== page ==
You can also see when a user opened an email, which could potentially be very useful information for marketing purposes. It could be used to determine what day of the week or time of the day to send future campaigns.
There is a slight flaw with this method; if a recipient forwards their email to 20 friends, each time a friend opens it, it’ll be counted as an opening from the original recipient. A bit of common sense when analysing your statistics is required! I’m sure you wouldn’t be complaining that your campaign is being forwarded on anyway, it means more people are reading it!
Because plain text emails are simply text, they don’t make any requests to the server, so it’s a lot harder to track openings of emails. Links in plain text emails can still be tracked, so if you notice a recipient has opened a link but their opening of the email hasn’t been logged, it’s likely that they’ve opened the email as plain text.
It can be quite exciting to have a look at your statistics after sending out a campaign, however, don’t expect everyone on your list to open your email, it’s often only around 20% of your list of recipients that are recordered as opening the email (possibly less, if there are a lot of plain text recipients) but it’s still far more cost effective to send to 1000 recipients and have 200 people open it than to send out 200 paper mails!
You could use the open statistics to collect a new list of recipients, specifically the ones that didn’t open your campaign. You could then send them another one a couple of days later that starts with something like “We noticed you didn’t open your last email, maybe we can tempt you with these better offers?”.
Tracking link clicks
As well as whether the email has been opened, you can also track what links people have clicked on (and again, when they clicked them).
It’s a similar method to tracking the openings. Basically, the server sending out the email campaign acts as a stepping stone to the recipient’s route to the destination link. The email campaign’s link doesn’t go directly to the intended URL, instead it goes back to the email sending software. The email sending software recognises the unique request, logs a “click”, checks which URL it maps to, and then sends the user on to their destination… in an instant! It’s a bit like passing through a turnstile.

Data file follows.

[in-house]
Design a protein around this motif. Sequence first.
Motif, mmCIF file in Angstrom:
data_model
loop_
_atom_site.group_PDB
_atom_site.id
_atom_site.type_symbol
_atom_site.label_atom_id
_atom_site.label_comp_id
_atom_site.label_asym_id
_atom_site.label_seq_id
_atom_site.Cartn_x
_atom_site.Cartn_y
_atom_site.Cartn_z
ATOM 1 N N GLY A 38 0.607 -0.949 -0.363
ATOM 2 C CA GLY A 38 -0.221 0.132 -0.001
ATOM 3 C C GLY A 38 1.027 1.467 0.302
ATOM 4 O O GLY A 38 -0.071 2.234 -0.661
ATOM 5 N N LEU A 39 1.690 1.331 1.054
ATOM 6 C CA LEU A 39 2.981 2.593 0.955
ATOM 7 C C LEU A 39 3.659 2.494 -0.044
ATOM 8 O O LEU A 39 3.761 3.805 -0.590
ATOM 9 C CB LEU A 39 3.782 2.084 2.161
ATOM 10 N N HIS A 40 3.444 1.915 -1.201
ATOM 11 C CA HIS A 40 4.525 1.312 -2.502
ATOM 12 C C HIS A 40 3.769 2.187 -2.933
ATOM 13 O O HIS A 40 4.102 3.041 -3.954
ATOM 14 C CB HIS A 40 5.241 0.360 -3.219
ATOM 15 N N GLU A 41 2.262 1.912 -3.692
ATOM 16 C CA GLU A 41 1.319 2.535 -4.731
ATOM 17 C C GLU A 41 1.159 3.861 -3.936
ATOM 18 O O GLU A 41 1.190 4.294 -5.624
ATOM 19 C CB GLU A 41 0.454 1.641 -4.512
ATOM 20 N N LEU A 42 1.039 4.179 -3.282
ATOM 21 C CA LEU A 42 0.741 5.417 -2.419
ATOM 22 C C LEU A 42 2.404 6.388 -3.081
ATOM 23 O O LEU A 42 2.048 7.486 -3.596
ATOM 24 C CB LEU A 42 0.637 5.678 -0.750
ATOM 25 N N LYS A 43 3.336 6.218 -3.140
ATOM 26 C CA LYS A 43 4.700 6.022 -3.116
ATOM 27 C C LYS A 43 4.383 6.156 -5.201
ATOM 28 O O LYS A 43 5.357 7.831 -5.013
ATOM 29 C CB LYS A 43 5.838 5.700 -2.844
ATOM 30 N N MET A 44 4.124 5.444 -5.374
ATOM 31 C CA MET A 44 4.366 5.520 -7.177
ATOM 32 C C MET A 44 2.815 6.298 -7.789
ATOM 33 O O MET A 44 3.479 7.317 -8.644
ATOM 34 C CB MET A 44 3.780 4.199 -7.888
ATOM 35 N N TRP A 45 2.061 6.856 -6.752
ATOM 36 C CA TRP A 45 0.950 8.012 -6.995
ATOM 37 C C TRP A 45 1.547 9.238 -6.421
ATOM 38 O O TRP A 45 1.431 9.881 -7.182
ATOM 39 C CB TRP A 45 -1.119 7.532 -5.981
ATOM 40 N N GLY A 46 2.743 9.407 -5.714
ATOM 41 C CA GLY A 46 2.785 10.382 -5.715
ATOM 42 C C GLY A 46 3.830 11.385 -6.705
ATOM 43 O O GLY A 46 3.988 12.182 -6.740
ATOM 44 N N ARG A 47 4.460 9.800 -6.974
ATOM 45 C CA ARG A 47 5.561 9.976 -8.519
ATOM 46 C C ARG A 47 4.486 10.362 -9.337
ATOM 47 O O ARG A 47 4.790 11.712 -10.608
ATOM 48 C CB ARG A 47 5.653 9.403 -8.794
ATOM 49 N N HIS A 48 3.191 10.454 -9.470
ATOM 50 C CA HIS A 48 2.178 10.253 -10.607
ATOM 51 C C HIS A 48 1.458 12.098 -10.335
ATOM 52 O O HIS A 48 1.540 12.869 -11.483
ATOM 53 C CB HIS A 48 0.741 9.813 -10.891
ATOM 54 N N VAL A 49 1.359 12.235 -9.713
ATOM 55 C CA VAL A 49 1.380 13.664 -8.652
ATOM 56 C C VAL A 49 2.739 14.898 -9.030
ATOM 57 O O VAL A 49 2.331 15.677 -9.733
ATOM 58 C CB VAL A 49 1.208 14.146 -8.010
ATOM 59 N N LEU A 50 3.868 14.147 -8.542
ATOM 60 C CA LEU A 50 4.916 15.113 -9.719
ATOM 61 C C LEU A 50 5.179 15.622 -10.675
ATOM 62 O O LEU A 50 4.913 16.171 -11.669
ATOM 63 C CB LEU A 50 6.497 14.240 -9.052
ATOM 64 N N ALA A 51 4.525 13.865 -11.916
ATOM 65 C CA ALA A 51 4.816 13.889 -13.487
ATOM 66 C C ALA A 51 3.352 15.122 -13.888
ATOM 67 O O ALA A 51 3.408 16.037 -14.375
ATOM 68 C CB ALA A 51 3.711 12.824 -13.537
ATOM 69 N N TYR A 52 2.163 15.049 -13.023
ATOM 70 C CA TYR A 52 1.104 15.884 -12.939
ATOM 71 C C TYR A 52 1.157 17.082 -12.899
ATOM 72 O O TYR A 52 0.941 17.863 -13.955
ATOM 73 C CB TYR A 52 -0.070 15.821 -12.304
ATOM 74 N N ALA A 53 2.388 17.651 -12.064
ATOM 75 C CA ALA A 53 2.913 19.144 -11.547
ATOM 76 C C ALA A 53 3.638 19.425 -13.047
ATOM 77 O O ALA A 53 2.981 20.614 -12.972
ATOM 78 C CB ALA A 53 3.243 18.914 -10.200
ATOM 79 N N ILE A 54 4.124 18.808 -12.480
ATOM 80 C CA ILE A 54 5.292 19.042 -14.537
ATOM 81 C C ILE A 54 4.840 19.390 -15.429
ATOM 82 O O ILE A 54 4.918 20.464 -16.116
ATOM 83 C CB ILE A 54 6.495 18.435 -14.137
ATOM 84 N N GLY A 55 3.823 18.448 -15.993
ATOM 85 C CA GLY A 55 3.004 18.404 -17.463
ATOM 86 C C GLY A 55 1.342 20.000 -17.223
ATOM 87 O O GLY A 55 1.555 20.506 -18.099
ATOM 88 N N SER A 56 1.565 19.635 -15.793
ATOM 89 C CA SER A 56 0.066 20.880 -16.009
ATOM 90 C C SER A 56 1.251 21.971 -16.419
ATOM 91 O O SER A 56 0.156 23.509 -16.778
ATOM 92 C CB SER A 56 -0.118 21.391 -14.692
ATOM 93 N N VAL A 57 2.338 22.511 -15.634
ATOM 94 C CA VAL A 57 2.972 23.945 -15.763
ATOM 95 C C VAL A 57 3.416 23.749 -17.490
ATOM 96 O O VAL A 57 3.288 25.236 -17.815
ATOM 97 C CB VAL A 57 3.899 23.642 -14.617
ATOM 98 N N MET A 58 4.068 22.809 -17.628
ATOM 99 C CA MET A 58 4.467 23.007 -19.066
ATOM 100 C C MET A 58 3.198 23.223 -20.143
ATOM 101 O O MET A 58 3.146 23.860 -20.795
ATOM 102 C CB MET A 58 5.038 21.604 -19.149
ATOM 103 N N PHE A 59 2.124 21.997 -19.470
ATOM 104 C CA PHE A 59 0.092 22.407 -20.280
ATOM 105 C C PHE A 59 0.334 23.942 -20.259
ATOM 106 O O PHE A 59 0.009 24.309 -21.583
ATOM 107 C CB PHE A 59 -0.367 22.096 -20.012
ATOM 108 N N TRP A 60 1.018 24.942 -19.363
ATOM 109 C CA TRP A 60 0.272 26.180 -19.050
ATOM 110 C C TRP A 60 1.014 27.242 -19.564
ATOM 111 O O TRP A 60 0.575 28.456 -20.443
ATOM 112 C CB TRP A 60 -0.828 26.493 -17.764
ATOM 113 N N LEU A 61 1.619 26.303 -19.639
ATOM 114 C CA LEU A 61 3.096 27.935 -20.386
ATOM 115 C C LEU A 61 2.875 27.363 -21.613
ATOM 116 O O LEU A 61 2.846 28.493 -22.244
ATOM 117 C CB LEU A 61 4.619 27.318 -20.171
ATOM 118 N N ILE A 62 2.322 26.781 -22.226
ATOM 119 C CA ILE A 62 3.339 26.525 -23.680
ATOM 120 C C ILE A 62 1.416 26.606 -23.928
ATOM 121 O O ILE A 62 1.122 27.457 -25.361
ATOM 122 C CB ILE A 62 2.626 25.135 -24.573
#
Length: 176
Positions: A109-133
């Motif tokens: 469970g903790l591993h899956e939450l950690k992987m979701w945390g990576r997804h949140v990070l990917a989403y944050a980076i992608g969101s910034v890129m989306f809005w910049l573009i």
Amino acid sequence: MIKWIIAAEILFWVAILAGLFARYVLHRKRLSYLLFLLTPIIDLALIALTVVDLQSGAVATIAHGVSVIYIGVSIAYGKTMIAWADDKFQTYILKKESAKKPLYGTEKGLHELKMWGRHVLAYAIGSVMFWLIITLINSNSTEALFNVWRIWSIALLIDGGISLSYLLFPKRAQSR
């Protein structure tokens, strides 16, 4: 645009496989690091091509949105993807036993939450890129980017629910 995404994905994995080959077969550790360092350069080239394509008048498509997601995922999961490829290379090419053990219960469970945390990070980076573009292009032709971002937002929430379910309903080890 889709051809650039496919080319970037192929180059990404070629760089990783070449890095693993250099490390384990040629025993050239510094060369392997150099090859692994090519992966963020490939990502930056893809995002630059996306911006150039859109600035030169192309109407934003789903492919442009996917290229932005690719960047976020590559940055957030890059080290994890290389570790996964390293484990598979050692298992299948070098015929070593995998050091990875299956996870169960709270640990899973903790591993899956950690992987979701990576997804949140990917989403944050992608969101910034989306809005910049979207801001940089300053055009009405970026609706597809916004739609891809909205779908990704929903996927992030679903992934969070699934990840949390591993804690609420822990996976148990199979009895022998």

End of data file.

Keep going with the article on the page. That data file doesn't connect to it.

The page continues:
Finding out what your recipients are clicking on can be very useful. Lets say you’ve sent out a marketing email with three different offers in it, with a link for each to a page on your website with more details about that offer. A quick review of your link statistics could tell you which offer of the three was clicked on the most. Knowing this information can help you decide on offers for future campaigns.
Going slightly deeper, you could target individuals by using links to determine their interests, and then send them follow-up emails with details of products/services that are tailored to those interests.
All the links in your campaign are automatically tracked if you have tracking turned on, so you can also use link tracking to see if and when recipients have unsubscribed themselves from your email campaign (and if you send a lot, which campaign prompted them to unsubscribe could be useful information).
You can also see if and when users have clicked the “webversion” link.
The webversion link, when clicked, opens a copy of the recipient’s email in their browser. It is usually presented as “If you are having trouble reading this email, click here to open it in your browser” (because HTML email is extremely delicate and you need to know all of its quirks to get it to display correctly across all the incarnations of email client) and is very wise to include.
If you find that your webversion link is getting a lot of clicks, then it’s quite likely there’s a technical problem somewhere in your campaign, and something you’ll probably need to get fixed before the next one goes out!
It’s worth noting that you can make a webversion uniqe to each user, in which case all the tracking will still work even if a user is viewing their email in their browser.
A quick note about the look of the links themselves. They’re obviously dependent on the style of the rest of the email, but you probably do want them to be prominent. The standard is blue, underlined text (when using a white background), but there is a bit of leeway, it’s certainly not something to overlook!
Over the Christmas period we decided to send out an E-Christmas card to our colleagues. It was a bit of fun, but also contained a few tracked links. You might remember receiving it… if so, we hope the turkey still has pride of place on the mantlepiece!